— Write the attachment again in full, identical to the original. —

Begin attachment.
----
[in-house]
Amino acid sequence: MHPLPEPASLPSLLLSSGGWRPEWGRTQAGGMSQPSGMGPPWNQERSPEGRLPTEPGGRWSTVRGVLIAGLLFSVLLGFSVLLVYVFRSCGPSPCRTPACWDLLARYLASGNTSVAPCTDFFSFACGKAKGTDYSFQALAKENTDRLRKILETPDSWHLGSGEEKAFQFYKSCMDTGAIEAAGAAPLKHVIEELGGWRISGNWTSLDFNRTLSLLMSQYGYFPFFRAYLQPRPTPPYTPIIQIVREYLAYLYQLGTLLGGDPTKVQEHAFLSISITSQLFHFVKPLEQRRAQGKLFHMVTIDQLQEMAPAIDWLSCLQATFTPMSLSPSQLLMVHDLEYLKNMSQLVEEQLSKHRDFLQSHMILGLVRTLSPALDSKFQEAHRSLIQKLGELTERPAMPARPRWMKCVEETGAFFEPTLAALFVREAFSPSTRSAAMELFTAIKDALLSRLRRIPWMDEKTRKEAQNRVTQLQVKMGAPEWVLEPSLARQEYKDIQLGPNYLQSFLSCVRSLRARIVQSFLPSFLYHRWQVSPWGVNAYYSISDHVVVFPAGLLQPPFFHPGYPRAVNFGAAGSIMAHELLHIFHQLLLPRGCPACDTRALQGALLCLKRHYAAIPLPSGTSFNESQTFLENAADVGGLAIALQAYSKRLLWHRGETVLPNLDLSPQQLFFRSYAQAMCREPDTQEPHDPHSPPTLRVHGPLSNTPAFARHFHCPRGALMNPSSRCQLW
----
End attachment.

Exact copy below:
[in-house]
Amino acid sequence: MHPLPEPASLPSLLLSSGGWRPEWGRTQAGGMSQPSGMGPPWNQERSPEGRLPTEPGGRWSTVRGVLIAGLLFSVLLGFSVLLVYVFRSCGPSPCRTPACWDLLARYLASGNTSVAPCTDFFSFACGKAKGTDYSFQALAKENTDRLRKILETPDSWHLGSGEEKAFQFYKSCMDTGAIEAAGAAPLKHVIEELGGWRISGNWTSLDFNRTLSLLMSQYGYFPFFRAYLQPRPTPPYTPIIQIVREYLAYLYQLGTLLGGDPTKVQEHAFLSISITSQLFHFVKPLEQRRAQGKLFHMVTIDQLQEMAPAIDWLSCLQATFTPMSLSPSQLLMVHDLEYLKNMSQLVEEQLSKHRDFLQSHMILGLVRTLSPALDSKFQEAHRSLIQKLGELTERPAMPARPRWMKCVEETGAFFEPTLAALFVREAFSPSTRSAAMELFTAIKDALLSRLRRIPWMDEKTRKEAQNRVTQLQVKMGAPEWVLEPSLARQEYKDIQLGPNYLQSFLSCVRSLRARIVQSFLPSFLYHRWQVSPWGVNAYYSISDHVVVFPAGLLQPPFFHPGYPRAVNFGAAGSIMAHELLHIFHQLLLPRGCPACDTRALQGALLCLKRHYAAIPLPSGTSFNESQTFLENAADVGGLAIALQAYSKRLLWHRGETVLPNLDLSPQQLFFRSYAQAMCREPDTQEPHDPHSPPTLRVHGPLSNTPAFARHFHCPRGALMNPSSRCQLW